However, this advance in technology and associated public and private investment is not fully utilised.
Rather, it is predominately driven by responses to ensure compliance to mass loading obligations. That is, these advances are used to continue to fulfill the industry operators’ obligations to load a heavy vehicle within the set mass limits.
It is not that I am questioning this foundational use; however, I want to go back to the start, to when I started in the transport portfolio, due to the lack of availability, our mass limits were by necessity, conservative.
Today we need to rethink and re-evaluate our approach and consider the fact that we have readily available mass information and acknowledge its immensely improved accuracy and integrity. We are so much better informed!
What we dreamt of 30 years ago is now available. Are we today, taking full advantage of this capability or are we still using conservative approaches as if we are stuck in the past?
My thesis is that we need to, as a minimum, be aware of the now available capability as this provides us with a whole new set of opportunities. This technical capability can permit us to improve our design and maintenance, and now, in addition, how we operate our networks to improve both safety and productivity.
So, what does this entail? What are the next steps?
The development of traffic loading inputs to the design and maintenance of infrastructure has traditionally been based on scare data. Hence a conservative approach has been built into the guides and standards, arguably for legitimate reasons.
The readily available traffic data now provides an opportunity, and, I would argue an obligation, to revisit our guides and standards.
To effectively revisit the traffic loading inputs and do what we dreamt of 30 years ago. Traffic loading assumptions and associated safety margins can be re-assessed in light of the more accurate and readily available data.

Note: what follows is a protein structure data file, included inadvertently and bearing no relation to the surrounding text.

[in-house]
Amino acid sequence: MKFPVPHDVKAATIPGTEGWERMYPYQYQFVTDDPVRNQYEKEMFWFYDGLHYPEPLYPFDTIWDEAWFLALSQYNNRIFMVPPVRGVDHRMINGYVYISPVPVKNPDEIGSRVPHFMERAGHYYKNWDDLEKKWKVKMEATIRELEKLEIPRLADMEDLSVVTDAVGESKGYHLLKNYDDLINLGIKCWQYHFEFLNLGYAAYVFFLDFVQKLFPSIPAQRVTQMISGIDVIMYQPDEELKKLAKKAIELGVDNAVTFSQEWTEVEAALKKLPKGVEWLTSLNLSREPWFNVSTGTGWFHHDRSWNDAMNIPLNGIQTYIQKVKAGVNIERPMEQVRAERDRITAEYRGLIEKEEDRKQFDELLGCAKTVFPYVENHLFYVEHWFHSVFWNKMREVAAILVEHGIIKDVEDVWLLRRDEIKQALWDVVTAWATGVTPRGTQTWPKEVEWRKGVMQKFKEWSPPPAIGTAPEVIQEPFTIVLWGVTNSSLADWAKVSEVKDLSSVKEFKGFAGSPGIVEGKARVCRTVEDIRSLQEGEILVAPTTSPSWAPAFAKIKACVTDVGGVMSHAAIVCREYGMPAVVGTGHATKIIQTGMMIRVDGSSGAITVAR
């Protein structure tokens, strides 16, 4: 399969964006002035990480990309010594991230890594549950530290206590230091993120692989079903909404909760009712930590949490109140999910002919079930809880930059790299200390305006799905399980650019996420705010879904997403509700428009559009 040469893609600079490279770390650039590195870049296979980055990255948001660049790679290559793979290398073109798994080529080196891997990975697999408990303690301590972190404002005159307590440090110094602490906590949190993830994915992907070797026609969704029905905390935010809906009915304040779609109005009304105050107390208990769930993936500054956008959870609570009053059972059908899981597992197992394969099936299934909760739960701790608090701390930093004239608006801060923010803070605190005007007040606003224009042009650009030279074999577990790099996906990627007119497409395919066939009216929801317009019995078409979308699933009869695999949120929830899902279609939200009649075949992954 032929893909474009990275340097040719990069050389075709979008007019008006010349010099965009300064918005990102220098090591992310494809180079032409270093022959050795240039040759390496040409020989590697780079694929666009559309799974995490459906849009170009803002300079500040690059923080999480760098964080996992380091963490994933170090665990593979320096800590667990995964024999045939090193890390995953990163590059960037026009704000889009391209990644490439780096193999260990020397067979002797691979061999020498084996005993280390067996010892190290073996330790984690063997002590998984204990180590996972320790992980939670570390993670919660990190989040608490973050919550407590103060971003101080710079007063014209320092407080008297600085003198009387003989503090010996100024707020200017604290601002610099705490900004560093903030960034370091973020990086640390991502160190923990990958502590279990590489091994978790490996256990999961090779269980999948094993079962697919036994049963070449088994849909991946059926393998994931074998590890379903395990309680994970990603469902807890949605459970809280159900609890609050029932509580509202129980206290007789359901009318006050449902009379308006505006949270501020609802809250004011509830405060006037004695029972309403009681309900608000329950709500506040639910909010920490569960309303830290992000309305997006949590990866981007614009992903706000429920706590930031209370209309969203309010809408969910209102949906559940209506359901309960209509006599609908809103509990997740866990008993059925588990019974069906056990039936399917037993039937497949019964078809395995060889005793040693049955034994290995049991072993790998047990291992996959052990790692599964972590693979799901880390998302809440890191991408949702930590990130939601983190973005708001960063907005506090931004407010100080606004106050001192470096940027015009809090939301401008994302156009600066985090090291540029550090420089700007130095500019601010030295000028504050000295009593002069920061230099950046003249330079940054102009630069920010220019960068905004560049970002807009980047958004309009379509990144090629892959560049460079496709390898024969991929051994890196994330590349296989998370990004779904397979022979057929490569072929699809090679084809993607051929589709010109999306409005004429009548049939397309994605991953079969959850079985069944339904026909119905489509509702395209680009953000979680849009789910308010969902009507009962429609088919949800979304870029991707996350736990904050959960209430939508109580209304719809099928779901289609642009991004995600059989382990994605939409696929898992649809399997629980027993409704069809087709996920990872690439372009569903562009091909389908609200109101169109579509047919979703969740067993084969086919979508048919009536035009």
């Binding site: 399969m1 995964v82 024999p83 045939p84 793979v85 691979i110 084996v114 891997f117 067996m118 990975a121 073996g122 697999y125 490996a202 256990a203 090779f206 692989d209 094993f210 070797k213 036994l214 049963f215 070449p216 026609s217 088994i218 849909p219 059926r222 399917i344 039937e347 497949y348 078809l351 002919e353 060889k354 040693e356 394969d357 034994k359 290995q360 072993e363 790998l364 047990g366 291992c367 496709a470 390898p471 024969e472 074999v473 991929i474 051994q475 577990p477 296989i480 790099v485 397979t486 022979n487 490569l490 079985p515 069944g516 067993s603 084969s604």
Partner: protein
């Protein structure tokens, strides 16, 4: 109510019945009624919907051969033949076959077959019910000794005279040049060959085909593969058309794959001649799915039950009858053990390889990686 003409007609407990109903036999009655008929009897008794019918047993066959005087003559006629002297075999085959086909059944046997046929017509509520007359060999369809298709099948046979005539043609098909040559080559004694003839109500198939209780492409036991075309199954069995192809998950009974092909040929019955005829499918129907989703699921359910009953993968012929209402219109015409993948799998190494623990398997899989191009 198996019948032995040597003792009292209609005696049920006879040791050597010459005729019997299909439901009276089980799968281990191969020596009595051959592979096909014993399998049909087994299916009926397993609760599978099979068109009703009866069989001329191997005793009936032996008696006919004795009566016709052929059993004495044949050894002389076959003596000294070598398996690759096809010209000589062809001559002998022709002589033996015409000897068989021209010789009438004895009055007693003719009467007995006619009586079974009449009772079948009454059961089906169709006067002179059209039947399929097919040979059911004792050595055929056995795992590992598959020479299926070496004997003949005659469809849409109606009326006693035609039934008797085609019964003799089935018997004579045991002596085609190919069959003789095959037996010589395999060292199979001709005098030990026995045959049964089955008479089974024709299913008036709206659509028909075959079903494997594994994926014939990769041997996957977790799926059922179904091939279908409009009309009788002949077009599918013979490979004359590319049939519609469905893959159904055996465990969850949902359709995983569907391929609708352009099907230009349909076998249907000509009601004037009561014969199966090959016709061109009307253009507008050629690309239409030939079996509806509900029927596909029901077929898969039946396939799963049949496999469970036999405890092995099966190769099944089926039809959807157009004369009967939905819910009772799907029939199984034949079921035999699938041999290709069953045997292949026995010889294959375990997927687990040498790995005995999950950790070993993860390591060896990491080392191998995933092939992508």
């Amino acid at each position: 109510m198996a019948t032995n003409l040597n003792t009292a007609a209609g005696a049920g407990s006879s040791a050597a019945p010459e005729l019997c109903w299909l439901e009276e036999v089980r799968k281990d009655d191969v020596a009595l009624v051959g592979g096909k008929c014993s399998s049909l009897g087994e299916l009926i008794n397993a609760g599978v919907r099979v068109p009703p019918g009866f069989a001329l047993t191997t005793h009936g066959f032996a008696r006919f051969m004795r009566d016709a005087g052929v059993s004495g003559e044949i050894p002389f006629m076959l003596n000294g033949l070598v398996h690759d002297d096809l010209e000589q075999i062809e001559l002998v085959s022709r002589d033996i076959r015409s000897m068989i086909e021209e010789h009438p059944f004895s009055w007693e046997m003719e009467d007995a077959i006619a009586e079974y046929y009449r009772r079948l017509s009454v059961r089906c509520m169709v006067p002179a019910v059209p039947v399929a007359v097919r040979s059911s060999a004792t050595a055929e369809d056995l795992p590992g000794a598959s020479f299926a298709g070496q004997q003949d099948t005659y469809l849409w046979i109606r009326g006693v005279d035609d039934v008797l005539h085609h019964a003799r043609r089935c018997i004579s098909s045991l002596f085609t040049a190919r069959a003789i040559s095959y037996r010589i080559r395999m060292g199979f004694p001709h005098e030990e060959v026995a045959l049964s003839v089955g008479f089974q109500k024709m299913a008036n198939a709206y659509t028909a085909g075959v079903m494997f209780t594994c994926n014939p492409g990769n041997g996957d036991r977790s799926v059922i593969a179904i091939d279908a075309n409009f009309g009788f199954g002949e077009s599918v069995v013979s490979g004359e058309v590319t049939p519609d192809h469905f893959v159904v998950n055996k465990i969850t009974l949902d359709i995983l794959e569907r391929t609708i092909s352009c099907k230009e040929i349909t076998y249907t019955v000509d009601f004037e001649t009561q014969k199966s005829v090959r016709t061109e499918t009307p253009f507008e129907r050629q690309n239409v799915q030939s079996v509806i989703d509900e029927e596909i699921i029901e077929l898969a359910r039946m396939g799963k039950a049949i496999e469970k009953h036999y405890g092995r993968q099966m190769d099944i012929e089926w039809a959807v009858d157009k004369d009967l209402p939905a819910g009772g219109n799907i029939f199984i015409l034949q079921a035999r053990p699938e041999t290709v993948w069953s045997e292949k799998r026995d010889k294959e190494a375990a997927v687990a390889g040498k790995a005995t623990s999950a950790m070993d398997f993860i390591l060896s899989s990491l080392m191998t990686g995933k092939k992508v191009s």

Secondly, the use of in-vehicle on-board mass systems for the first time permits the specialised operation of a heavy vehicle on the road network.
Rather than a one-size-fits-all approach, based on conservative loading distributions, or in the case of bridges, high order load safety factors, because the transport operator is making available the actual mass of their vehicle, access arrangements can be customised.
It is recognised that heavy vehicle mass monitoring is opening doors to improve access to parts of the network or provide increased mas on existing routes.
For example, bridge guides and standards have been changed to provide load safety factors of 1.8 (rather than 2), subject to the capacity of the structure and the use of on-board mass with regulatory telematics. However, for the most part this still remains very specialised.
The challenge is for road managers and regulators to consider this practice the norm rather than the exception. On-board mass systems provide the opportunity to significantly increase network and commercial productivity and, just as importantly, not compromise safety.
This being achieved by the transport operator providing vehicle- specific mass information.
Australia has a world leading position concerning road transport heavy vehicle types, mass monitoring technologies and telematics. The challenge for road managers, regulators and operators is to work together to safely deliver the untapped mass productivity gains.
ARTSA, Life Member
President, International Society for Weigh in Motion